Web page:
The economy is changing, and the American workforce with it. As our high-tech economy develops, many thousands of advanced IT (Information Technology) positions are being created. These jobs are sophisticated, interesting, and rewarding careers with plenty of room for advancement. Work is about getting paid, but a career should be about more than just making a living. A career should be about doing something that you're proud of. That sort of fulfillment can seem hard to come by in today's workforce.
In the wealthiest, most advanced nation in the history of the world, over half of Americans are unhappy with the job they have. The Conference Board, a global market research firm, has conducted a widely-cited job satisfaction study for over 20 years. Their first survey, in 1987, found that over 61% of people were satisfied with their career. By last year, that number had dropped to an all-time low of 45.3%. It's not just that people aren't making enough money – many feel frustrated and bored by the repetitiveness of their workday and the lack of creativity in their daily tasks.
Many of us choose to define ourselves by what we do: I'm a mechanic, I'm a sales manager, I'm a Web designer." What does it mean when almost 55% percent of us are unsatisfied with the career path we've chosen? Something is terribly wrong.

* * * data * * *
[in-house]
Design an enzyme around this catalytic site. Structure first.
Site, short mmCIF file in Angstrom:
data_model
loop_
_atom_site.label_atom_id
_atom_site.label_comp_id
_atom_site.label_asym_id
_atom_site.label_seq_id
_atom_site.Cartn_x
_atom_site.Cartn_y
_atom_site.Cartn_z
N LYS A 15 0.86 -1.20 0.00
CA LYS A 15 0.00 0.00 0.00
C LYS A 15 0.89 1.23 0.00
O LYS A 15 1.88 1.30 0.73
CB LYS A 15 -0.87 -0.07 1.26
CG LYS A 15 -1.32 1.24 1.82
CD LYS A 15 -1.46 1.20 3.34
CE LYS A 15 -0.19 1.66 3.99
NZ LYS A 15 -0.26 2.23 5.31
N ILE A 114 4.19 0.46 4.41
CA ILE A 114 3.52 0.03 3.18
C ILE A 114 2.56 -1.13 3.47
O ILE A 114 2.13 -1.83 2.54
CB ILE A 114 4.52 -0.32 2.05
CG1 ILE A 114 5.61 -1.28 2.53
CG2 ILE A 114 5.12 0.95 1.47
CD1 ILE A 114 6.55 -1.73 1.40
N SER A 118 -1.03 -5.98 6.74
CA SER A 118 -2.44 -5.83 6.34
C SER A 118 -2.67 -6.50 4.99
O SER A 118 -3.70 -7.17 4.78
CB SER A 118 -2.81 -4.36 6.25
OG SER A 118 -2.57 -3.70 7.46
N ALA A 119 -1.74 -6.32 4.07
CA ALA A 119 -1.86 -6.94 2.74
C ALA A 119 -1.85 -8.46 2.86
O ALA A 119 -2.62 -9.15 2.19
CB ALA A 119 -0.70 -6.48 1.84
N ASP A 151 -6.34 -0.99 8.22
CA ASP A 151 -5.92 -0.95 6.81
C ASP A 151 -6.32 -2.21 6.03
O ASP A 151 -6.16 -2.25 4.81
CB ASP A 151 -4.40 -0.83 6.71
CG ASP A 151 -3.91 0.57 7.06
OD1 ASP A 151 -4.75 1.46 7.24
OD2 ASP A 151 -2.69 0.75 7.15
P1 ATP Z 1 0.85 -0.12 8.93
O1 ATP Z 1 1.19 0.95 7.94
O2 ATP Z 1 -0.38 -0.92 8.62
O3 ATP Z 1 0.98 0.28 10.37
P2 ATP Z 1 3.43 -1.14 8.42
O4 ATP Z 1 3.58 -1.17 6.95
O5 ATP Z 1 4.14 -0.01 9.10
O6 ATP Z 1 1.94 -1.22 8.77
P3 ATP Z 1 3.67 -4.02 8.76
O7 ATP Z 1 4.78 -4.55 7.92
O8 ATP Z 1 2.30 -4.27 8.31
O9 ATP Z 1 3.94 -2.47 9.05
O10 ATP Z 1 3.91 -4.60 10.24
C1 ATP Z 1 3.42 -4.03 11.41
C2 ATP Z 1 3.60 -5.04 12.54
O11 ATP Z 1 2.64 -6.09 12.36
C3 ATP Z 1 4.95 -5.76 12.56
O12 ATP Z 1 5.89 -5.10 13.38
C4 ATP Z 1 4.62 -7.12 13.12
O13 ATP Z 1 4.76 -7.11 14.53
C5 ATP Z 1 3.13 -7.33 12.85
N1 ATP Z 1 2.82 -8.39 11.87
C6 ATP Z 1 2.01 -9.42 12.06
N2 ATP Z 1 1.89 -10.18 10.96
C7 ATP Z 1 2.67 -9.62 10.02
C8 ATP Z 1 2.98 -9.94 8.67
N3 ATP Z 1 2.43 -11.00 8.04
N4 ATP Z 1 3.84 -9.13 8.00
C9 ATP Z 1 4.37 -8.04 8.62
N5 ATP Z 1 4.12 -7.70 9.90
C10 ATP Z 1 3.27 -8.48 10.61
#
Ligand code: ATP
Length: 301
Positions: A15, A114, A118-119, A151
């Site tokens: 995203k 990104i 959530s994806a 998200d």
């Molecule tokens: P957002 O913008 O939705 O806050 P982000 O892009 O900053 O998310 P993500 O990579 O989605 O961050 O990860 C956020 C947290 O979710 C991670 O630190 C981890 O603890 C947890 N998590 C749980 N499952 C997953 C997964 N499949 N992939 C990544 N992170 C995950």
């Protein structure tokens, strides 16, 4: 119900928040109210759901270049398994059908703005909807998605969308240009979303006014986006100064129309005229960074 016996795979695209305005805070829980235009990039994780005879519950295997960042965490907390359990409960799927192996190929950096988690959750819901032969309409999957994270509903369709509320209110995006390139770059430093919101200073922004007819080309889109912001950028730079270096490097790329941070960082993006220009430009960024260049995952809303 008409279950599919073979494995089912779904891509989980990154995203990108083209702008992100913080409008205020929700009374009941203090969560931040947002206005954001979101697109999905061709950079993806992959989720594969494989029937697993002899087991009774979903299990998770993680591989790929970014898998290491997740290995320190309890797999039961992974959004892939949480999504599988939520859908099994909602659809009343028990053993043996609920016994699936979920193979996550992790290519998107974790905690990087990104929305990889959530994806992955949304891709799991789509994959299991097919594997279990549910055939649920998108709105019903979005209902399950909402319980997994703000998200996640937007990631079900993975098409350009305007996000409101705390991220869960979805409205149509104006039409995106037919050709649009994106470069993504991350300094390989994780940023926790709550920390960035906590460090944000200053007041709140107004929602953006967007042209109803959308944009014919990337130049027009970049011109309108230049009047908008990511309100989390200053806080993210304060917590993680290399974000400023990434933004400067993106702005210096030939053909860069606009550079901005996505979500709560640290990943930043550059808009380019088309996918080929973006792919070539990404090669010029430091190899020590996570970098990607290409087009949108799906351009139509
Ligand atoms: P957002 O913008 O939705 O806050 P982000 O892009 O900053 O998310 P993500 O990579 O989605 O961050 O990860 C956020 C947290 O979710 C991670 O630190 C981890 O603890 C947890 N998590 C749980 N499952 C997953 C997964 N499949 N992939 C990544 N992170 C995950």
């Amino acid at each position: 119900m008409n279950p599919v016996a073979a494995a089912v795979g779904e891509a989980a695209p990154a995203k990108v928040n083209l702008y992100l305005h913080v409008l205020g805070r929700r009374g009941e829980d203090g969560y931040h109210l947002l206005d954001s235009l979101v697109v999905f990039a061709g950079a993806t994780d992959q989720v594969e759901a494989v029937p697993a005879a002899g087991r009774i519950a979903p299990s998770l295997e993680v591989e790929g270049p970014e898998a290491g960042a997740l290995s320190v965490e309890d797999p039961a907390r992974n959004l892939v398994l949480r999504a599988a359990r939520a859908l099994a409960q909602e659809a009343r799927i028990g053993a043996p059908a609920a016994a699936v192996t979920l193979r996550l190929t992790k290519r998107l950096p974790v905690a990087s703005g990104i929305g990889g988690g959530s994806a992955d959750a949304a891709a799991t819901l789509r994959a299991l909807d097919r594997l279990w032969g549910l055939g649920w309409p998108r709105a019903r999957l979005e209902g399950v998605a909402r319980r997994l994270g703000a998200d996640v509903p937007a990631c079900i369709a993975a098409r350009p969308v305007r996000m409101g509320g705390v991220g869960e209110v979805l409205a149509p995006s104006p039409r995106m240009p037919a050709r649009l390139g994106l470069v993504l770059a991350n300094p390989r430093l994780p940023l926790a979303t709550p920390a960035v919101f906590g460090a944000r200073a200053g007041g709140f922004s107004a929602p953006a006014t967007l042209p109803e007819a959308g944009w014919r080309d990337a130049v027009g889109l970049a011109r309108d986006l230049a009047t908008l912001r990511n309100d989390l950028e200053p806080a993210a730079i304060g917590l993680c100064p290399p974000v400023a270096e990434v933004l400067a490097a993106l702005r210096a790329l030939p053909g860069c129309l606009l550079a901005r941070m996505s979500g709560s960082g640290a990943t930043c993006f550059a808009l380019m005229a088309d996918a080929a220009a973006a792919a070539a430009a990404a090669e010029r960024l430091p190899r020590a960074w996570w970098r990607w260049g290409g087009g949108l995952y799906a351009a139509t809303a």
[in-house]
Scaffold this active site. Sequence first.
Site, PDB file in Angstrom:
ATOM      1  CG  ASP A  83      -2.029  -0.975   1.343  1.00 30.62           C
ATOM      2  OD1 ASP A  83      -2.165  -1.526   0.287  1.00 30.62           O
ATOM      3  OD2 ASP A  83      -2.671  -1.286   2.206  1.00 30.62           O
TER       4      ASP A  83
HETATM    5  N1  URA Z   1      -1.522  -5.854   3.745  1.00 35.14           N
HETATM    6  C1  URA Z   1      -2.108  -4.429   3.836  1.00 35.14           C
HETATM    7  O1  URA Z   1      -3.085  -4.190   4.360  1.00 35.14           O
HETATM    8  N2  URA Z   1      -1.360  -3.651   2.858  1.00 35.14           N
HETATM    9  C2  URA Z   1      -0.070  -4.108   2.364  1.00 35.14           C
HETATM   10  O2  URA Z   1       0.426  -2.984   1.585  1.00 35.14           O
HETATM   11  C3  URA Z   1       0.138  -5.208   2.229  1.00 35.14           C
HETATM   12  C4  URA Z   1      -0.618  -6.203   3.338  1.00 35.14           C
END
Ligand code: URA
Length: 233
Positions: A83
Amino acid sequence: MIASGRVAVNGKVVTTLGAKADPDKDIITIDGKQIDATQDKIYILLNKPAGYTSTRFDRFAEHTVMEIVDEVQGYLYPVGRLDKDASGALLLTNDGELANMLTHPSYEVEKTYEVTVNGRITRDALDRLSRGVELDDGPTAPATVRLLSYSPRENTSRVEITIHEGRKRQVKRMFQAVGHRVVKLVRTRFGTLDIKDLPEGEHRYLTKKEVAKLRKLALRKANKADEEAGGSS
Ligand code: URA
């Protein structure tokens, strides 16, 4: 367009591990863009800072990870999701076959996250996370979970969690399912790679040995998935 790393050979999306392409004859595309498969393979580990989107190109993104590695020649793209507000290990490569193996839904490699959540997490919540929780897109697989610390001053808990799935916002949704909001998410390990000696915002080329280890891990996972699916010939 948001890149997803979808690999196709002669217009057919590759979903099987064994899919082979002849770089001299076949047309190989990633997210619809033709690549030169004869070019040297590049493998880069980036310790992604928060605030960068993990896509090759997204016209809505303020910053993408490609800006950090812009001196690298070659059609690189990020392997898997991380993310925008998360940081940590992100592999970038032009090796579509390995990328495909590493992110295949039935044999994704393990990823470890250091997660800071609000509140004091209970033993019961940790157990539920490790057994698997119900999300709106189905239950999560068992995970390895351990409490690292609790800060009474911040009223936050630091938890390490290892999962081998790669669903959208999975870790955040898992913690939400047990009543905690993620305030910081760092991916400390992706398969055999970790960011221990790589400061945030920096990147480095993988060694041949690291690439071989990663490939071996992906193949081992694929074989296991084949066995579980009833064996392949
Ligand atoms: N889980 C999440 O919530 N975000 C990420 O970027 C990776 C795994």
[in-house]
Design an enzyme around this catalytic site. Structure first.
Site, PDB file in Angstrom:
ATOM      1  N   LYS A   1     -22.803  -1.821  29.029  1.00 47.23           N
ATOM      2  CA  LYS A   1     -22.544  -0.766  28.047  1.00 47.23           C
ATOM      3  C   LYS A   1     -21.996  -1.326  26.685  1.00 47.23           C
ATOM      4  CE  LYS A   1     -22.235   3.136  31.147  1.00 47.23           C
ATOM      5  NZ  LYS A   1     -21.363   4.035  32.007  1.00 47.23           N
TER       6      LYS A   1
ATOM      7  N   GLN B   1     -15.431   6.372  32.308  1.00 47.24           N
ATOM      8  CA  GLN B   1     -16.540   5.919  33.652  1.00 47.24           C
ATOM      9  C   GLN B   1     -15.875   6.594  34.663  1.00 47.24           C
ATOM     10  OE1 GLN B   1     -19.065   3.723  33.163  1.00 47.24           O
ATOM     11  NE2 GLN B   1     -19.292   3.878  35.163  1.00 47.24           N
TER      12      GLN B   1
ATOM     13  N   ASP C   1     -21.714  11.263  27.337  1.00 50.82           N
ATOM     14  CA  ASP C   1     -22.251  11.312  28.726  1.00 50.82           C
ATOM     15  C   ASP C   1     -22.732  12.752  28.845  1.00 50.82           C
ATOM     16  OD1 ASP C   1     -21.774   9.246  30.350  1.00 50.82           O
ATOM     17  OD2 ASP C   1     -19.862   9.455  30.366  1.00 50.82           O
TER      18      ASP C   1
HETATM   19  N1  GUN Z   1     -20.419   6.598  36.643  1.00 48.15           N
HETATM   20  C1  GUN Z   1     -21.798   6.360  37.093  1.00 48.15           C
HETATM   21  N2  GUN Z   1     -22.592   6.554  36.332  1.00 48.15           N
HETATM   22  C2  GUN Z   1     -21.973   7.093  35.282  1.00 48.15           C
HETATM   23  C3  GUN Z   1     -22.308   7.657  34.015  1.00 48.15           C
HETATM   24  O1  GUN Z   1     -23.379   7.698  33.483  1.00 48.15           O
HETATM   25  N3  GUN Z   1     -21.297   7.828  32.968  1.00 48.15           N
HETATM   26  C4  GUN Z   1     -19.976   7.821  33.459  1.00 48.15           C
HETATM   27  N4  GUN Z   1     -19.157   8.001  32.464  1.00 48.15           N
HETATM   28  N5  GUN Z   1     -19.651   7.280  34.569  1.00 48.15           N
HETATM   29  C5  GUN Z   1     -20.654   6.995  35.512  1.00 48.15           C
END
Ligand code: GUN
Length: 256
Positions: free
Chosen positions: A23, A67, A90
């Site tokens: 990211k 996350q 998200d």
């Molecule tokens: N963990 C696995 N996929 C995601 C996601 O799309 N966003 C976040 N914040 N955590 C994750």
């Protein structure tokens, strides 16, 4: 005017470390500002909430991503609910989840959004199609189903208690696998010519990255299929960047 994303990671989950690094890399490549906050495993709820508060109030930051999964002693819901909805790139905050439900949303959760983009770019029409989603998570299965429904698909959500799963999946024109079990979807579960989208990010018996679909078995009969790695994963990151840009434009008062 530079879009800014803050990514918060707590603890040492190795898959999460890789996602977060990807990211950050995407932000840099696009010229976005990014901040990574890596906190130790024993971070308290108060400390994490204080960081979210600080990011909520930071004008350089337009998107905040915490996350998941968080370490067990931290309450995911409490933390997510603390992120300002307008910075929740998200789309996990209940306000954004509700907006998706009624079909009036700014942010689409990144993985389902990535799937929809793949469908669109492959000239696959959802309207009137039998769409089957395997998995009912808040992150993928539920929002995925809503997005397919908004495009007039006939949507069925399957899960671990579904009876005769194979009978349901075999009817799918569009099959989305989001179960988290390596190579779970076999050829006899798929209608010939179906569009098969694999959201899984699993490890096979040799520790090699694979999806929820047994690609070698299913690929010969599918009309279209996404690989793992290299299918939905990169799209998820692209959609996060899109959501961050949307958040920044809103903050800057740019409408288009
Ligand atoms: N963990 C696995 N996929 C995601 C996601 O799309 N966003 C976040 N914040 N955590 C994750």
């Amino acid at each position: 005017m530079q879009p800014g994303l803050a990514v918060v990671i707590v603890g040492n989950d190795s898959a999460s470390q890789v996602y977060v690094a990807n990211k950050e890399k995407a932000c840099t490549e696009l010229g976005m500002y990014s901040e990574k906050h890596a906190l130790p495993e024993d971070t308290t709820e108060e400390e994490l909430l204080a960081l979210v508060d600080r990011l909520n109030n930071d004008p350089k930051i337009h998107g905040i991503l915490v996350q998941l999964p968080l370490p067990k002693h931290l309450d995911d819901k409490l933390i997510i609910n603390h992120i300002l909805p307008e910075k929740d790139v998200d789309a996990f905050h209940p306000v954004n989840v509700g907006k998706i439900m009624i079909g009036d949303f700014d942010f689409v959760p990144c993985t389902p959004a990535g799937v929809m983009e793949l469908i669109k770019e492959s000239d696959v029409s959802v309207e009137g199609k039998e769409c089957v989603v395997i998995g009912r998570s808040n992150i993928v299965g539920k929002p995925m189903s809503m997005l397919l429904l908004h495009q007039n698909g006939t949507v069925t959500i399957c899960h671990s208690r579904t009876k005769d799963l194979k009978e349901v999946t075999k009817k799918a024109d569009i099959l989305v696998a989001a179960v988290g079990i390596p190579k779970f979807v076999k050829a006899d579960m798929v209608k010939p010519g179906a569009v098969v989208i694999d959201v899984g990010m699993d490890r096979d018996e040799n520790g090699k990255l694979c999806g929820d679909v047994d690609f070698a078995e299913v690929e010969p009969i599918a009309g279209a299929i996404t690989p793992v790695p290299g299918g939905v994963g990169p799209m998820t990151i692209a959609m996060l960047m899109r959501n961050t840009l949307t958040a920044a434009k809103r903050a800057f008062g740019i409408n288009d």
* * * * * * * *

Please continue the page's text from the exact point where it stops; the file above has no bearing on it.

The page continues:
We at University Bound believe in the American Dream. We believe that every person has the right to do something they love. Beyond that, we believe that with dedication, smart choices, and hard work, every person has the ability to succeed. You may not have the foresight or the garage space to be the next Bill Gates– you may be too old to go to astronaut school, and unfortunately, "pirate" is not a legitimate profession, but it's not too late to have an exciting, well-paid, and fulfilling job in the IT field. It is a job sector that is expanding massively as new technology and growing network capabilities increase demand for computer and Web-savvy technology professionals.
These are high-paying, skilled jobs in growing markets: almost all of our IT school subcategories (computer programming, web design, etc.) have healthy growth rates, significantly higher than the 8.2% expansion for all civilian jobs forecasted by the Bureau of Labor Statistics (BLS) for 2008-2018. The BLS predicts that career opportunities for computer and information systems managers will grow by 17%, computer software engineers by 32%, and Computer network, system and database administrators (the category that includes database administrators, Web designers, and IT security professionals) by 30%. There are a growing number of good jobs available, but openings are expected to be competitive.